A colleague of mine, Tom, was part of the group at the show. Our group of 8 people were camped out in the lawn at this concert and near the end, Tom announced, “I’m going down to the front row.” Off he went… Just like that…
Now, before we go further, Tom is blind…. so, actually Tom and his guide dog left for the front row.
After about 10 seconds, I say to the others, “I’m going with him” and run to catch him twenty feet down the path toward front stage.
How to get front row, takes audacity, because there are people employed to keep people from getting down front…
Rule #1: Don’t stop!
I have been front row at many places before, and honestly most places I have been, I probably shouldn’t have. It all stems from employing rule #1.
Here’s how it went:
Row 60-We walked right past the first two set of ticket checkers without any problem. Now, if it was just me, there may have been a problem, but they looked at Tom and his guide dog and we kept moving….
Row 40-The second set of ticket takers also saw us, asked for our tickets, and we employed rule #1. They also saw Tom and his guide dog and they let us pass. We kept moving…
Row 30- We hit the lower level of seats and now needed to find a new path, we shuffled left and found a row leading us down. The lady checking our tickets actually grabbed us and now I employed the verbal response of “we are okay.” She let go and we kept moving…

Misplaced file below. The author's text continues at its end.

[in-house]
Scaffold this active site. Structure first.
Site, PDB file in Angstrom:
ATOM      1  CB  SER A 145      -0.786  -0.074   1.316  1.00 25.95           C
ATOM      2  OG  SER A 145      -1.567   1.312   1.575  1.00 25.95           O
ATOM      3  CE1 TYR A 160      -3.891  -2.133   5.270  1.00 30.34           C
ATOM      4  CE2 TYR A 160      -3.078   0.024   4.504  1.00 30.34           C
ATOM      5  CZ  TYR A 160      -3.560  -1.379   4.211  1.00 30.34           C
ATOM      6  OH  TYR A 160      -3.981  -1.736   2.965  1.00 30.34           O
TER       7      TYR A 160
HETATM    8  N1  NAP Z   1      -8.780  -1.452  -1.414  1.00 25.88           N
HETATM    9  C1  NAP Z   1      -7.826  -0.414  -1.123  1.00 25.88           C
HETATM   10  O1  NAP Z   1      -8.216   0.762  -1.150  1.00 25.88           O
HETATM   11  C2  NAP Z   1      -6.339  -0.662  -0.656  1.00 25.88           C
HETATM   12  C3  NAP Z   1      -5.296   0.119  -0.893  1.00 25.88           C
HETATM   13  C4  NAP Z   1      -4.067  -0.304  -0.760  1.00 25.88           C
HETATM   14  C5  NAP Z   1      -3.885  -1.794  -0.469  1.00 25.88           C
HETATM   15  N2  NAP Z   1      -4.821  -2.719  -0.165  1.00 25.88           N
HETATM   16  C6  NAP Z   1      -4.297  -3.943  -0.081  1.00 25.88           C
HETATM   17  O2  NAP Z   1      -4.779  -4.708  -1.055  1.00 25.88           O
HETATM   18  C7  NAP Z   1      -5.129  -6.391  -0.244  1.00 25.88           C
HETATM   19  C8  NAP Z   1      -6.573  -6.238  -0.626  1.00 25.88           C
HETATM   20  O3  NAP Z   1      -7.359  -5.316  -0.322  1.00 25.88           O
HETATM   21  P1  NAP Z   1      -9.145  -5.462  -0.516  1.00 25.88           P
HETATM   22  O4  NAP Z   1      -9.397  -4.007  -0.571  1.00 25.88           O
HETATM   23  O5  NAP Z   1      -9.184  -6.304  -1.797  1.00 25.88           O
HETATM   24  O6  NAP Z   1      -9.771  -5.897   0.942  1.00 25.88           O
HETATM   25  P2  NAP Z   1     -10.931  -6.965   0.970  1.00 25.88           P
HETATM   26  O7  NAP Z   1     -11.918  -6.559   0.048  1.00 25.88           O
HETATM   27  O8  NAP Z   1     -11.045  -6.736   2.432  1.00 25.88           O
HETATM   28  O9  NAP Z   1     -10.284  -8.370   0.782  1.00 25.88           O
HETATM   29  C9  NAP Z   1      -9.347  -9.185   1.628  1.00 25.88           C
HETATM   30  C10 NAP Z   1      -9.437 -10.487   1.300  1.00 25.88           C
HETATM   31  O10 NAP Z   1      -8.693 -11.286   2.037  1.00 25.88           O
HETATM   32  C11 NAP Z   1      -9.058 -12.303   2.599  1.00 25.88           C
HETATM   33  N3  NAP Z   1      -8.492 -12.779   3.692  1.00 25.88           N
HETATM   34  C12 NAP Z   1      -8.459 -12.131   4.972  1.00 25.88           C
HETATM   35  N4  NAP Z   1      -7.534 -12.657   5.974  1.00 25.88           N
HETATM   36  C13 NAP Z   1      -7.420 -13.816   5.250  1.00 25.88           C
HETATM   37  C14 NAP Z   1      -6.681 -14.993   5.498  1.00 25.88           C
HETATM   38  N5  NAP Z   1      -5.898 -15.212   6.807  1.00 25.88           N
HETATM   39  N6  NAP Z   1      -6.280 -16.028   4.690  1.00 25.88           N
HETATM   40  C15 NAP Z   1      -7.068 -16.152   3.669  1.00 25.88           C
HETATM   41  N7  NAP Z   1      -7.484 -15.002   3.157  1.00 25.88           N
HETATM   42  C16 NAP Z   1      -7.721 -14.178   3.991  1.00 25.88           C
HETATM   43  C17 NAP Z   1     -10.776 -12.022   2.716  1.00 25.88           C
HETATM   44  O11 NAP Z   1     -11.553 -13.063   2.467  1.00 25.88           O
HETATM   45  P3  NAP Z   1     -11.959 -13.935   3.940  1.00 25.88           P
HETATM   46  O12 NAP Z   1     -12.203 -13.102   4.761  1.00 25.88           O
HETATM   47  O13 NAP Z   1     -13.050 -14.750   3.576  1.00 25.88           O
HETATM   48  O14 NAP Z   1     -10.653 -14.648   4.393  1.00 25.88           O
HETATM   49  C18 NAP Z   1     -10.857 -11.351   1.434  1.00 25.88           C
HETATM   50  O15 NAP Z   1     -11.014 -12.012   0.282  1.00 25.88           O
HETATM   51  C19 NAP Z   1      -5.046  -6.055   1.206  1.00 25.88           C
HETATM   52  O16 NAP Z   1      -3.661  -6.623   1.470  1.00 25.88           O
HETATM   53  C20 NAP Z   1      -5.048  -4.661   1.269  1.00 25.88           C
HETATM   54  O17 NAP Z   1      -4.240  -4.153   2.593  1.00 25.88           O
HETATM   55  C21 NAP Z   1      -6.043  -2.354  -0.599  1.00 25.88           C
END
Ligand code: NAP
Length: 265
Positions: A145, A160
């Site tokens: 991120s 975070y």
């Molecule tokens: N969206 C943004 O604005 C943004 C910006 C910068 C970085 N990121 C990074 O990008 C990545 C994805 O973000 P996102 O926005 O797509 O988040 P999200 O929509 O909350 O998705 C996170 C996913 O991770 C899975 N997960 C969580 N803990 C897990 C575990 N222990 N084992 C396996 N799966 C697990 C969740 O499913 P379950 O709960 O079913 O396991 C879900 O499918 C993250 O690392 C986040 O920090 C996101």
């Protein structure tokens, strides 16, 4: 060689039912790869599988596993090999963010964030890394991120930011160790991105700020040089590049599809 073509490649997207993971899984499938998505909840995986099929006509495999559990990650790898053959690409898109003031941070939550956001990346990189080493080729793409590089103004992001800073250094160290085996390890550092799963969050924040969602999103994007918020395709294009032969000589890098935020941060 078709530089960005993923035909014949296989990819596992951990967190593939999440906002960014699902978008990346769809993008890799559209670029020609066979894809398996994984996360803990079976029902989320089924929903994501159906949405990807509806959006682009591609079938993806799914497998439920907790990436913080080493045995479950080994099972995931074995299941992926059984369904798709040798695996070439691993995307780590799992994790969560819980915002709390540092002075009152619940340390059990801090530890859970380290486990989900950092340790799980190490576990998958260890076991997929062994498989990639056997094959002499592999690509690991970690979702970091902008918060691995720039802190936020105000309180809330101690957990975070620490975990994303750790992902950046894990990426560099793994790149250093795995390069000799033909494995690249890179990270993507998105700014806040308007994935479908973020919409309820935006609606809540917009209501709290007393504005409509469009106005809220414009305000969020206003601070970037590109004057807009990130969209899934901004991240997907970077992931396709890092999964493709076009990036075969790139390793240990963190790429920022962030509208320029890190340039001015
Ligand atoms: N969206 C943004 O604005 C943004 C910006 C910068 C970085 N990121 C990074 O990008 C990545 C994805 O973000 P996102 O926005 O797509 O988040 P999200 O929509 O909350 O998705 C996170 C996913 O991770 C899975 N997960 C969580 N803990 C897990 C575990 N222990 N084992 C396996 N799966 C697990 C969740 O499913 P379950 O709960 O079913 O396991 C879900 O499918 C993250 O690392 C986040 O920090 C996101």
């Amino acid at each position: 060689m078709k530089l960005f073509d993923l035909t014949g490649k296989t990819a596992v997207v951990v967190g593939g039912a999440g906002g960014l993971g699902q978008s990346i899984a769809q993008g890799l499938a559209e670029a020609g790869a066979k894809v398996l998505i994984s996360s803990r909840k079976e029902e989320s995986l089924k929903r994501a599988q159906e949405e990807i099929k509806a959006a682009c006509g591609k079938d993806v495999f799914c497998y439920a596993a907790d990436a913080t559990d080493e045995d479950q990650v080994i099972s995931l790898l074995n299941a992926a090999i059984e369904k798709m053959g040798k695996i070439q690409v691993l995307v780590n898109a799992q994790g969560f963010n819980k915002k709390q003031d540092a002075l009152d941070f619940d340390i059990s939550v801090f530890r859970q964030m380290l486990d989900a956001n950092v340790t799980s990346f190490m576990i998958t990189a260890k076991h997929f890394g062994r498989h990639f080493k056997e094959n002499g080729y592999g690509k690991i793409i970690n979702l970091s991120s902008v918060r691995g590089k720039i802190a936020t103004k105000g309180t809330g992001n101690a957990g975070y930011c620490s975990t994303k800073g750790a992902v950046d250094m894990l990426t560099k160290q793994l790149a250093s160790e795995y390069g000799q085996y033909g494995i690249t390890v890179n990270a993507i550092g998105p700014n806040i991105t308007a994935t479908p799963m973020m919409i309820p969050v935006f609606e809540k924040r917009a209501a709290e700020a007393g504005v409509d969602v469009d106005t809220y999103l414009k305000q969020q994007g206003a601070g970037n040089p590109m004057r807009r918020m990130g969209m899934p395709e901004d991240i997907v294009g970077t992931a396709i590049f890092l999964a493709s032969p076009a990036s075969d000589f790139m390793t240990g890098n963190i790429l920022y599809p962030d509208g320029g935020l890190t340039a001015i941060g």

Row 20- We were now in Box Seats Land, meaning the guide dog had a better chance of getting us closer than I did, because I was in front of and in-between sets of people (these people don’t dance either, they just sit or stand). I had no place to go.
Row 18- We slipped in with a group of people who looked at us, but did not say anything. Now, the lady who had grabbed us had followed us and was now standing right behind us. I told her we were here for one song and that was it. “Was that okay?” She said “1 song!”
I looked around and during the daytime would have seen the only way to the front row was from the sides not the frontal assault we had chosen. We were stuck.
We stayed until the entire encore was over and left the concert with everyone else…. We were close, 18th row… Now, if I knew the path, we would have made it, or maybe if Tom was by himself, he would have made it. Either way, this is the strategy of how you make it.
In life, whatever you want to accomplish, you’ll have to be bold and just do it. Don’t stop just because people will try to stop you, just keep moving!
Dr. Rob Bell is a Sport Psychology coach. DRB & Associates based in Indianapolis works with professional athletes & corporate athletes, coaches, and teams building their Mental Toughness. His 2nd book is titled The Hinge: The Importance of Mental Toughness. Follow on twitter @drrobbell or contact firstname.lastname@example.org
Check out the new film & e-book, NO FEAR: A simple guide to mental toughness .